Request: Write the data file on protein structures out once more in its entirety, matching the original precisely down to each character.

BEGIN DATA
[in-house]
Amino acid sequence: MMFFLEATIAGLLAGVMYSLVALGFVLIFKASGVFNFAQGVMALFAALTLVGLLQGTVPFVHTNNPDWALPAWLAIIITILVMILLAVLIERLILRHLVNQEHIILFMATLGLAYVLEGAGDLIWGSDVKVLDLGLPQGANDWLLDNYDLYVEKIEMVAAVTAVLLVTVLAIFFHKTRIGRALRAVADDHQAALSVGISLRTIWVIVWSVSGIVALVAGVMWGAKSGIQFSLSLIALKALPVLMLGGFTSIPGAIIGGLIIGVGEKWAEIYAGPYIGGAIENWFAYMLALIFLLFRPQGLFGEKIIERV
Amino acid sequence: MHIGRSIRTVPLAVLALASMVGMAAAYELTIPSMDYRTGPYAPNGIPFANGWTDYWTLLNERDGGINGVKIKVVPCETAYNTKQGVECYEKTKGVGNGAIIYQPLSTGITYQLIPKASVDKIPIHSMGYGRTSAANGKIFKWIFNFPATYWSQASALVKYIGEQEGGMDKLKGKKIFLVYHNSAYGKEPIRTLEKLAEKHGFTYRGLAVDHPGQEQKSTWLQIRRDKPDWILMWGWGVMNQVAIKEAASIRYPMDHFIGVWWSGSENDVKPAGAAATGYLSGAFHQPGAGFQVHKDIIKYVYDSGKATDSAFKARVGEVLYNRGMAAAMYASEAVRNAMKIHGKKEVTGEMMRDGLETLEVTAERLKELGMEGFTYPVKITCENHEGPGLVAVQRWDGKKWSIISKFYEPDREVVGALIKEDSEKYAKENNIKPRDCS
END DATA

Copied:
[in-house]
Amino acid sequence: MMFFLEATIAGLLAGVMYSLVALGFVLIFKASGVFNFAQGVMALFAALTLVGLLQGTVPFVHTNNPDWALPAWLAIIITILVMILLAVLIERLILRHLVNQEHIILFMATLGLAYVLEGAGDLIWGSDVKVLDLGLPQGANDWLLDNYDLYVEKIEMVAAVTAVLLVTVLAIFFHKTRIGRALRAVADDHQAALSVGISLRTIWVIVWSVSGIVALVAGVMWGAKSGIQFSLSLIALKALPVLMLGGFTSIPGAIIGGLIIGVGEKWAEIYAGPYIGGAIENWFAYMLALIFLLFRPQGLFGEKIIERV
Amino acid sequence: MHIGRSIRTVPLAVLALASMVGMAAAYELTIPSMDYRTGPYAPNGIPFANGWTDYWTLLNERDGGINGVKIKVVPCETAYNTKQGVECYEKTKGVGNGAIIYQPLSTGITYQLIPKASVDKIPIHSMGYGRTSAANGKIFKWIFNFPATYWSQASALVKYIGEQEGGMDKLKGKKIFLVYHNSAYGKEPIRTLEKLAEKHGFTYRGLAVDHPGQEQKSTWLQIRRDKPDWILMWGWGVMNQVAIKEAASIRYPMDHFIGVWWSGSENDVKPAGAAATGYLSGAFHQPGAGFQVHKDIIKYVYDSGKATDSAFKARVGEVLYNRGMAAAMYASEAVRNAMKIHGKKEVTGEMMRDGLETLEVTAERLKELGMEGFTYPVKITCENHEGPGLVAVQRWDGKKWSIISKFYEPDREVVGALIKEDSEKYAKENNIKPRDCS